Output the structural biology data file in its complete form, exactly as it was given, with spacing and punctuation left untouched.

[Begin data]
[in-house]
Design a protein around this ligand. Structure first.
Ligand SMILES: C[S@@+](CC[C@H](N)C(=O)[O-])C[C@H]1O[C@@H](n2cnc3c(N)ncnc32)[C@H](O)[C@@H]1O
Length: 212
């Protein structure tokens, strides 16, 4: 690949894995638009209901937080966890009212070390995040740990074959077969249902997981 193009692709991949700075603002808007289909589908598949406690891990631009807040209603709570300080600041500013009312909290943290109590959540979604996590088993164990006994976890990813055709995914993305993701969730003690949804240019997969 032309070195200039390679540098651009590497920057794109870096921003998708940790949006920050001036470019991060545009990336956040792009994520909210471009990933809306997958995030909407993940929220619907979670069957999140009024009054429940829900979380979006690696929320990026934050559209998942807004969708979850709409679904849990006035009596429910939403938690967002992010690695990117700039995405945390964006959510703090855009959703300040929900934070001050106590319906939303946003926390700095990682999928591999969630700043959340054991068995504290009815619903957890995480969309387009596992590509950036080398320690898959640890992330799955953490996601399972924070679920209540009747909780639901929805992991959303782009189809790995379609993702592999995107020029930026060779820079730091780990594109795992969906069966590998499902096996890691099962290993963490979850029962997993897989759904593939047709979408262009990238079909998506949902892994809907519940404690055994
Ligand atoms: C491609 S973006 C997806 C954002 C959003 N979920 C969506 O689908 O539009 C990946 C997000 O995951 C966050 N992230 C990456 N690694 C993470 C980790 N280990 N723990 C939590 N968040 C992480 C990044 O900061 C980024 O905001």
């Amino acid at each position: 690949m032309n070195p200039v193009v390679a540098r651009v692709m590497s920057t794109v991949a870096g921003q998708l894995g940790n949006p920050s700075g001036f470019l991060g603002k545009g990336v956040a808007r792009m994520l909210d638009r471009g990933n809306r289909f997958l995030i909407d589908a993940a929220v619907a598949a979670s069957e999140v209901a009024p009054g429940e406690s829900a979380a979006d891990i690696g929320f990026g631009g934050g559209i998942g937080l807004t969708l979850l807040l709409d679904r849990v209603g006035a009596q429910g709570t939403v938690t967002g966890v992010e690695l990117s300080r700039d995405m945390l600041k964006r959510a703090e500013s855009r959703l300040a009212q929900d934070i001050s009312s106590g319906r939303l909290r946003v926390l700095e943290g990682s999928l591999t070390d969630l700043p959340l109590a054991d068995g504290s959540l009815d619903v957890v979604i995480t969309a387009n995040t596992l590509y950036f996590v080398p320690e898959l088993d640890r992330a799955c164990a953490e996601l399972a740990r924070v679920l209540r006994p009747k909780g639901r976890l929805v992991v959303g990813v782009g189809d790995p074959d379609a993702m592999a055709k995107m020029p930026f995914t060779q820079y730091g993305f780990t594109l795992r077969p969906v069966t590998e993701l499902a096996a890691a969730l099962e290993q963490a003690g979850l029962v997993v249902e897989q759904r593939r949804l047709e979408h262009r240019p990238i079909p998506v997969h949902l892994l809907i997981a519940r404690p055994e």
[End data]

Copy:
[in-house]
Design a protein around this ligand. Structure first.
Ligand SMILES: C[S@@+](CC[C@H](N)C(=O)[O-])C[C@H]1O[C@@H](n2cnc3c(N)ncnc32)[C@H](O)[C@@H]1O
Length: 212
């Protein structure tokens, strides 16, 4: 690949894995638009209901937080966890009212070390995040740990074959077969249902997981 193009692709991949700075603002808007289909589908598949406690891990631009807040209603709570300080600041500013009312909290943290109590959540979604996590088993164990006994976890990813055709995914993305993701969730003690949804240019997969 032309070195200039390679540098651009590497920057794109870096921003998708940790949006920050001036470019991060545009990336956040792009994520909210471009990933809306997958995030909407993940929220619907979670069957999140009024009054429940829900979380979006690696929320990026934050559209998942807004969708979850709409679904849990006035009596429910939403938690967002992010690695990117700039995405945390964006959510703090855009959703300040929900934070001050106590319906939303946003926390700095990682999928591999969630700043959340054991068995504290009815619903957890995480969309387009596992590509950036080398320690898959640890992330799955953490996601399972924070679920209540009747909780639901929805992991959303782009189809790995379609993702592999995107020029930026060779820079730091780990594109795992969906069966590998499902096996890691099962290993963490979850029962997993897989759904593939047709979408262009990238079909998506949902892994809907519940404690055994
Ligand atoms: C491609 S973006 C997806 C954002 C959003 N979920 C969506 O689908 O539009 C990946 C997000 O995951 C966050 N992230 C990456 N690694 C993470 C980790 N280990 N723990 C939590 N968040 C992480 C990044 O900061 C980024 O905001």
């Amino acid at each position: 690949m032309n070195p200039v193009v390679a540098r651009v692709m590497s920057t794109v991949a870096g921003q998708l894995g940790n949006p920050s700075g001036f470019l991060g603002k545009g990336v956040a808007r792009m994520l909210d638009r471009g990933n809306r289909f997958l995030i909407d589908a993940a929220v619907a598949a979670s069957e999140v209901a009024p009054g429940e406690s829900a979380a979006d891990i690696g929320f990026g631009g934050g559209i998942g937080l807004t969708l979850l807040l709409d679904r849990v209603g006035a009596q429910g709570t939403v938690t967002g966890v992010e690695l990117s300080r700039d995405m945390l600041k964006r959510a703090e500013s855009r959703l300040a009212q929900d934070i001050s009312s106590g319906r939303l909290r946003v926390l700095e943290g990682s999928l591999t070390d969630l700043p959340l109590a054991d068995g504290s959540l009815d619903v957890v979604i995480t969309a387009n995040t596992l590509y950036f996590v080398p320690e898959l088993d640890r992330a799955c164990a953490e996601l399972a740990r924070v679920l209540r006994p009747k909780g639901r976890l929805v992991v959303g990813v782009g189809d790995p074959d379609a993702m592999a055709k995107m020029p930026f995914t060779q820079y730091g993305f780990t594109l795992r077969p969906v069966t590998e993701l499902a096996a890691a969730l099962e290993q963490a003690g979850l029962v997993v249902e897989q759904r593939r949804l047709e979408h262009r240019p990238i079909p998506v997969h949902l892994l809907i997981a519940r404690p055994e």